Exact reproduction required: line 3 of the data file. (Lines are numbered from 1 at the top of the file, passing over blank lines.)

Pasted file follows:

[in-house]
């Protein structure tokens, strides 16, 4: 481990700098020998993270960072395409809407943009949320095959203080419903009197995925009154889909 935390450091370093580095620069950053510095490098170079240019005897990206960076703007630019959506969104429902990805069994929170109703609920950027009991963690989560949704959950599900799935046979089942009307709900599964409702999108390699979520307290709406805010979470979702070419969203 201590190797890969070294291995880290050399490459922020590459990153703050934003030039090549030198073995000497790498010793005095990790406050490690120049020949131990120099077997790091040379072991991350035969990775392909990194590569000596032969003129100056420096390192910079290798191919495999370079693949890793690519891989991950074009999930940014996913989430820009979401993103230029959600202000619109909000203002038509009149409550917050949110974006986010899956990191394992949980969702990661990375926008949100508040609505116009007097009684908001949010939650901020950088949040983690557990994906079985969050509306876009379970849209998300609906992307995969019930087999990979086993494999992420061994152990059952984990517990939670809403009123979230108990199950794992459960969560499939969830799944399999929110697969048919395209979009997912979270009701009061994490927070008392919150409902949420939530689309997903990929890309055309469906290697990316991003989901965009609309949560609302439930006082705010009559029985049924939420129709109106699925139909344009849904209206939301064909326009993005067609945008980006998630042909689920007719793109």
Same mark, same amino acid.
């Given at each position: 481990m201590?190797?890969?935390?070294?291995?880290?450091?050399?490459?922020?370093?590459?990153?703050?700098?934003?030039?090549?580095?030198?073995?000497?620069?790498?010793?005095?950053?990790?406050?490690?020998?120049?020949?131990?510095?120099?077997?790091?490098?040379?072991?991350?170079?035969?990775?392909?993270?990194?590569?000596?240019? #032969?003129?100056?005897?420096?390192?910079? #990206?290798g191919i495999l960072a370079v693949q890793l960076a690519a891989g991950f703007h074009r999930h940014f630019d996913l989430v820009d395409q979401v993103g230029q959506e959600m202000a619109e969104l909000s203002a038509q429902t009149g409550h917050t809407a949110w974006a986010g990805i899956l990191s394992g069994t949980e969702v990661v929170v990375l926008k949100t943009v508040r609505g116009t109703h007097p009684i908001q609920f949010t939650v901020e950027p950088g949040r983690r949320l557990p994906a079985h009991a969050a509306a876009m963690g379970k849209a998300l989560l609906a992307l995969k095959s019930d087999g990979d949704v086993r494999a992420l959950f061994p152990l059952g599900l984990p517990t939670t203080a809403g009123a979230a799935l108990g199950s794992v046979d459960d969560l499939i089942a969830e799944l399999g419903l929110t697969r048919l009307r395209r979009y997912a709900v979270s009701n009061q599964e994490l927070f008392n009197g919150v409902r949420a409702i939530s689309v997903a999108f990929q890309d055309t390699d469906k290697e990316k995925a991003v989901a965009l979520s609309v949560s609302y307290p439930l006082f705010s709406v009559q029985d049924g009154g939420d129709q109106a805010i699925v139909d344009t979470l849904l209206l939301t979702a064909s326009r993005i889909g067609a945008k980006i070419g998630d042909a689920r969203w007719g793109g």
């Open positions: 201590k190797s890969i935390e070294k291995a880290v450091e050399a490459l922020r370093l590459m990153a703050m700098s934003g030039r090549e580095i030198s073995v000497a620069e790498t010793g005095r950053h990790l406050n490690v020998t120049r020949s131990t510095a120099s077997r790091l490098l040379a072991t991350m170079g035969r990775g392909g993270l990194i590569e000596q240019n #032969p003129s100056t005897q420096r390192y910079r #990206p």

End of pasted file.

Same mark, same amino acid.